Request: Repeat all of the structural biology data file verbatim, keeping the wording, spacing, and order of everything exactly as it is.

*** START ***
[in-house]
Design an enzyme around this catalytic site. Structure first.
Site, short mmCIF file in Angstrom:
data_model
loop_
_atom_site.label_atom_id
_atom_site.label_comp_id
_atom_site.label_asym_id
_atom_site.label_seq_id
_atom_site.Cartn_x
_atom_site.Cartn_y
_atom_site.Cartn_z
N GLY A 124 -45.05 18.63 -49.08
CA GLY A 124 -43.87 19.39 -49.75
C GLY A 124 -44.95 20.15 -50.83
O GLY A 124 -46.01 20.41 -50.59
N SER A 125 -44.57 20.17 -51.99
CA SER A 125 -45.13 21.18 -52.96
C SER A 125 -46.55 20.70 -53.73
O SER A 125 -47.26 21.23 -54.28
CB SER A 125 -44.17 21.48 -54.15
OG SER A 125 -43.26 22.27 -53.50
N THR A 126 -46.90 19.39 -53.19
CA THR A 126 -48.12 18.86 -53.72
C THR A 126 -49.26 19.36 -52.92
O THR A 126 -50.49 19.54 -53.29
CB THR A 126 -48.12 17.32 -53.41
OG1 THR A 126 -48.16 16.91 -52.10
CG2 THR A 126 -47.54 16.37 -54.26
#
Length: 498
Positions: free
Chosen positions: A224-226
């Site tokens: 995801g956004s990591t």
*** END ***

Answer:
[in-house]
Design an enzyme around this catalytic site. Structure first.
Site, short mmCIF file in Angstrom:
data_model
loop_
_atom_site.label_atom_id
_atom_site.label_comp_id
_atom_site.label_asym_id
_atom_site.label_seq_id
_atom_site.Cartn_x
_atom_site.Cartn_y
_atom_site.Cartn_z
N GLY A 124 -45.05 18.63 -49.08
CA GLY A 124 -43.87 19.39 -49.75
C GLY A 124 -44.95 20.15 -50.83
O GLY A 124 -46.01 20.41 -50.59
N SER A 125 -44.57 20.17 -51.99
CA SER A 125 -45.13 21.18 -52.96
C SER A 125 -46.55 20.70 -53.73
O SER A 125 -47.26 21.23 -54.28
CB SER A 125 -44.17 21.48 -54.15
OG SER A 125 -43.26 22.27 -53.50
N THR A 126 -46.90 19.39 -53.19
CA THR A 126 -48.12 18.86 -53.72
C THR A 126 -49.26 19.36 -52.92
O THR A 126 -50.49 19.54 -53.29
CB THR A 126 -48.12 17.32 -53.41
OG1 THR A 126 -48.16 16.91 -52.10
CG2 THR A 126 -47.54 16.37 -54.26
#
Length: 498
Positions: free
Chosen positions: A224-226
């Site tokens: 995801g956004s990591t």